- Stop the obvious games. We know that in some cases you have those pieces in the back room, and in others you are holding onto your preciously small allocations to sell each as parts of multi-watch deals. Yes, you have to make a buck, but the cynicism you create is poison for the long term.
For consumers, one of three things:
- Buy something else! The world is full of wonderful watches, and when I wear my Vacheron Constantin Overseas or A. Lange & Söhne Odysseus, or for that matter my Ming 17.06 or Hajime Asaoka Tsunami, I bet I feel just as good as the folks who love their Royal Oaks and Aquanauts.
- What goes up usually comes down, and we are already seeing a softening of the price bubble on some of the “must-have” steel sports pieces.
- If you absolutely, positively can’t live without one of the popular sports models, pay the going price! Markets are made of willing buyers and sellers, and if you’re one of those on the buyer side you absolutely have my blessing. Only thing: once you buy, I don’t want to hear any bitching about what you had to pay.
I’m eager to hear your views in the comments section below – in the meantime, happy hunting and enjoyable wearing!
*This article was first published on May 23, 2020 at False Scarcity And Steel Sports Watches: A Collector’s View.
You may also enjoy:
Stainless Steel Patek Philippe Nautilus Market Madness: Thoughts On The Current Market Situation
Why I Bought It: A. Lange & Söhne Odysseus (A Photofest!)
All 7 Of The Latest Rolex Models Of 2019, Plus Some Cool Variations (Rolex Photofest!)
Great Rolex Experiment With The GMT-Master II Or How I Learned To Stop Worrying And Love The Crown
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Rolex and their ADs are notorious for the exact thing your article is written about. And they are flagrant in their arrogance about it. Their AD in Los Angeles, Geary’s, makes no attempt at subtlety. They will direct you to the watch THEY want you to buy instead of the watch you want to buy, and if you object they literally walk away from you. That’s the time to walk out the door and never come back.
That’s a shame, Ron. There are some sales folks I really empathize with — for instance the lovely fellow our gang visits with at the Patek Salon in Geneva who suffers visibly when he has to tell you that a given watch is out of stock or simply not available to you — but it’s not too surprising that some folks in sales roles who get paid for selling you things you don’t want and who don’t have the ability to sell the items that are most in demand quickly get jaded. Certainly not defending the behavior, but it’s good that we have many other options!
Rolex have poisoned the well for thousands of buyers n the last few years. The idea that they can’t make more steel watches without spending a fortune is nonsense when 80% of boutique stock is diamond-encrusted, gold versions of the very steel pieces everyone wants.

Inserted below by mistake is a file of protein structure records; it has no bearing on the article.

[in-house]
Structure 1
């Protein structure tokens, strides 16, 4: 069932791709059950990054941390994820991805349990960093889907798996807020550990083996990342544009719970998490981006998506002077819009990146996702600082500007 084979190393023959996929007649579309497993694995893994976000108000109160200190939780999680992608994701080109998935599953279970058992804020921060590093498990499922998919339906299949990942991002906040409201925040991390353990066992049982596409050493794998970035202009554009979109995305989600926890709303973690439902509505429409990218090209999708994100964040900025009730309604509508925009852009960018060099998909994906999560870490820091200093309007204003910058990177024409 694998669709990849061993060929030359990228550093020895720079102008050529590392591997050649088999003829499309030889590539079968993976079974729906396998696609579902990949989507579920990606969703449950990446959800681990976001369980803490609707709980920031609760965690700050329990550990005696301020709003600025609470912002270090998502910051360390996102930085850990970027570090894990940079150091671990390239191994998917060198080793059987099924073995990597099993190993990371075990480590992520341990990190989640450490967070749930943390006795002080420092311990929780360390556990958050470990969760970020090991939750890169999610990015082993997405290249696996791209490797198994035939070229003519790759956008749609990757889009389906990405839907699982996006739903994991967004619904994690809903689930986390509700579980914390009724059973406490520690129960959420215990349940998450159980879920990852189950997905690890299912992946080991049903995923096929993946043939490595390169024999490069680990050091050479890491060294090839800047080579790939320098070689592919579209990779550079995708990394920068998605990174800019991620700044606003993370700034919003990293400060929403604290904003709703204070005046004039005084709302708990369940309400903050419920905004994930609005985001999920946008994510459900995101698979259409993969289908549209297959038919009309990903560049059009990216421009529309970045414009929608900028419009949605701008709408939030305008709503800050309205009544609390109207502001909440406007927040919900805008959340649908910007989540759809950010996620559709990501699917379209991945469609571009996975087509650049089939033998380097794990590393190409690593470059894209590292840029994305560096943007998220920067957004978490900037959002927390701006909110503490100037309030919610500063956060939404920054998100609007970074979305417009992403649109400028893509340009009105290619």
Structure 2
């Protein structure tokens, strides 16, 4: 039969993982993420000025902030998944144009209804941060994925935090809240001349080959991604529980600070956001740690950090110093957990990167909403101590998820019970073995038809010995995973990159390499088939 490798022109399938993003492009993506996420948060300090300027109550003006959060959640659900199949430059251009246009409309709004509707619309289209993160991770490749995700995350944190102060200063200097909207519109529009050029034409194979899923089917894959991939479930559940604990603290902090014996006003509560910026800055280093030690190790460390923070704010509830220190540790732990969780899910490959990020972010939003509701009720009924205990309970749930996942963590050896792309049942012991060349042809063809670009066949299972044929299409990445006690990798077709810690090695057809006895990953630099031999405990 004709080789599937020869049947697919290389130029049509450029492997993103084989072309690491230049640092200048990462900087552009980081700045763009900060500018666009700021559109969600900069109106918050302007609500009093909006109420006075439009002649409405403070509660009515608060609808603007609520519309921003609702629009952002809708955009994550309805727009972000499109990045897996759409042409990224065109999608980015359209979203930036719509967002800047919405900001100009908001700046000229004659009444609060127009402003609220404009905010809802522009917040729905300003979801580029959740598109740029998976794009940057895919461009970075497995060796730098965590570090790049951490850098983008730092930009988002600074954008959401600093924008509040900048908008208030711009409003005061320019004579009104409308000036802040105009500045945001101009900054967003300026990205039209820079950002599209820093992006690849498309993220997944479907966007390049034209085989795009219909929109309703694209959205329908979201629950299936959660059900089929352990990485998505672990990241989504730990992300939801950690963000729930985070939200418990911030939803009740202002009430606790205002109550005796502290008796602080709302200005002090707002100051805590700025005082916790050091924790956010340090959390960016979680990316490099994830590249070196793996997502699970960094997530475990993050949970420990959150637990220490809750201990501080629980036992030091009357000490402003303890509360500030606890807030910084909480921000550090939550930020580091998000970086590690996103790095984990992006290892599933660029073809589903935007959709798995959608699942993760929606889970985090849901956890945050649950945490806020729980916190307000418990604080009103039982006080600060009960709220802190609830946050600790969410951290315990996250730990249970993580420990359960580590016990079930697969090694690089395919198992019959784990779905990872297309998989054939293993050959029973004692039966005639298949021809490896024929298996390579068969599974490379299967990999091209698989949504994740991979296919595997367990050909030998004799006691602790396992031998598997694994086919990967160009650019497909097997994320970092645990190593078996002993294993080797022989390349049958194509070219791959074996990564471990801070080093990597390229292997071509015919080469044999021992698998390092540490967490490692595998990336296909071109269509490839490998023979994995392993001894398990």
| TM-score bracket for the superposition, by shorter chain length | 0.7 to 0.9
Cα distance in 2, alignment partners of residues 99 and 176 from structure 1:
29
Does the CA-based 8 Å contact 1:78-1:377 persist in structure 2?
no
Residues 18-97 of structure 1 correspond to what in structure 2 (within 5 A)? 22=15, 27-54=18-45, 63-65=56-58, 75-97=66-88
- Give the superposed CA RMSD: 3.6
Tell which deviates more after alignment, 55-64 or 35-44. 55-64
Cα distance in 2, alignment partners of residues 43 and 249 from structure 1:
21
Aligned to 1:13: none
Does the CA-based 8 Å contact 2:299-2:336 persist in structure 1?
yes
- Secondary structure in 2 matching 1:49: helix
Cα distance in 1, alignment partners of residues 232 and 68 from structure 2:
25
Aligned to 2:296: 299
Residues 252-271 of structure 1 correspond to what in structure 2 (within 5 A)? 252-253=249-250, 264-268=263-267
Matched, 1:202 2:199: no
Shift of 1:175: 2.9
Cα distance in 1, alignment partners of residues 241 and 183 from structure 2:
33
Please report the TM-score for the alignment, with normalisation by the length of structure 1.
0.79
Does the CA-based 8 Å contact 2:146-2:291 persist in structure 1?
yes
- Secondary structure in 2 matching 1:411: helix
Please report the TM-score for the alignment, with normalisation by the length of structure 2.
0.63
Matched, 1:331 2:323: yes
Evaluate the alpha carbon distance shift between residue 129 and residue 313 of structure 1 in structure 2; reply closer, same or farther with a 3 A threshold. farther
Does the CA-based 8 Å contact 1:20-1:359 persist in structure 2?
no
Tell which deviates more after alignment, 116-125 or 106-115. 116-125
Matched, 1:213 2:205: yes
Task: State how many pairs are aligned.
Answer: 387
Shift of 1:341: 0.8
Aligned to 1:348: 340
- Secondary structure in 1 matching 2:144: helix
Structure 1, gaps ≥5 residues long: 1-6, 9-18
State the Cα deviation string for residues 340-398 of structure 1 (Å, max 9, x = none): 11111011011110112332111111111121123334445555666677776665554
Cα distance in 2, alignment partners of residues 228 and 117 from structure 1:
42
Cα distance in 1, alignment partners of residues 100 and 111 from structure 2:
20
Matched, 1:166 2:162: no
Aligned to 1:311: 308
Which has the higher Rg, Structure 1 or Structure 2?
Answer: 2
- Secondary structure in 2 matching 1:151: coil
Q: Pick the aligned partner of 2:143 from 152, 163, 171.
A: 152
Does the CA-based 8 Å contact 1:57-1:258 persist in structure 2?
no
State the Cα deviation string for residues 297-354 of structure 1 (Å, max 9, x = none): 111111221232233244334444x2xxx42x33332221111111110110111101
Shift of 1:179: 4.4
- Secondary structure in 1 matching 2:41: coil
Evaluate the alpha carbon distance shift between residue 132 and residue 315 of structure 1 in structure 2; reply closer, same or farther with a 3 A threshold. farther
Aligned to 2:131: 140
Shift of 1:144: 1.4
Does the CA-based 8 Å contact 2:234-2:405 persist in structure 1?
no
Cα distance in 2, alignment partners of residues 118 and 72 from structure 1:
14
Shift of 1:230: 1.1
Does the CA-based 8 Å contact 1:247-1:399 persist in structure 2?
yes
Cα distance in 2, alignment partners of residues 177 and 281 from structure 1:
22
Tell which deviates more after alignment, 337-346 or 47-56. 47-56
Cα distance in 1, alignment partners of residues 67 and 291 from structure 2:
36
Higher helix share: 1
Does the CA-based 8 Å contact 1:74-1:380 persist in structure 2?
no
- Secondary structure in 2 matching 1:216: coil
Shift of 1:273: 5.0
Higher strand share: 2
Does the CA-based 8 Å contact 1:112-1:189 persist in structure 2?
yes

They’re just not nice people.
As for the retailers, they should all be put out of business.
It’s possible that PP and AP don’t need to provide access to the public anymore as global demand will forever be greater than supply. On a different note we tend to think of the watch world through the lens of watch nerds – what is amazing is the demand for Rolex – people paying double / triple etc, not watch nerds but regular people flexing. Spending 50,000 and only looking at Rolex sport models.
Forever is a long time! I’m more inclined to see things as cyclical, but time will tell.
Agree that the shift from a market driven by watch nerds like us to monied flex artists is proving to be disconcerting for many of us!
I’m not at the top end of the watch hobby, but I’ve seen these vary forces at play at my price point. (< about $4k).
I've started buying "something else". $650 for a Tsao cause I think purple. $2400 for an a anOrdain because the blue fumé dial called to me. A Ball "Time and Tides" because I love moon phases complications, a blue dial and tritium lume.
I'm never going to own some of the watches that I really like because they cost more than all my cars, and that's OK.
Life is short, I find happiness where I can, and don't shed a tear at all for those things I like but are beyond my means.
And to those stores and companies that lock out the new buyer? Eff 'em! There are plenty of places that are happy to take my money when offered. And I'm just as happy as if I'd gotten the latest piece of unobtainium.
Good on you, Matt! Congrats on owning several very interesting pieces, and also for your great attitude on our hobby and buying pieces that speak to you.
I’ve also found a lot of pleasure in some older references. A friend’s Dad wore a Seiko 7A48-7000 for decades. She got it when her dad passed. It’s a quartz chronometer from the 89s for those not familiar with it. Does 1/19th of a second AND has a moon phases. I bought one in great shape for a couple hundred dollars. I was wearing it on a hike and it fogged, so it’s going off to the US Seiko service center. Just $154 for a full service.
All in the whole deal costs just a but more than servicing one of my Omegas, and it’s thin too. When did watches get so darned thick?
It was only after I bought it that I learned if the historical significance of the 7A*8 calibres.
I don’t buy to invest or flip, but I’m pretty sure this one won’t go down in value….
“Flexing” (or “showing off”) by paying twice the list price of an already deliberately overpriced item only tends to work with those of limited knowledge or intellect.
I believe Rolex have decided to go for ‘The Kardashian Dollar’ from now on, having made a conscious decision to follow precisely the opposite goal of their founder.
I find it curious and admirable that JLC has not gone down this route.
The flex artists are definitely in force in our hobby right now! For better (for watch lovers) or worse (for values of some watches already in our collections) I suspect that many of those folks will move on to trading cards, cars, wine, or whatever turns out to be hot next.
Interesting point on JLC — I think that their whole identity as a “watchmakers’ watchmaker” perhaps makes them a less likely candidate for the showoff crowd. I will note that JLC do seem to be playing the LE game at considerably higher prices than in the past for pieces like the Kingsman ultra-thin and Novantieme Reverso, but I haven’t seen either of those pieces on a ten-watch arm-shot photo in front of a Lambo yet…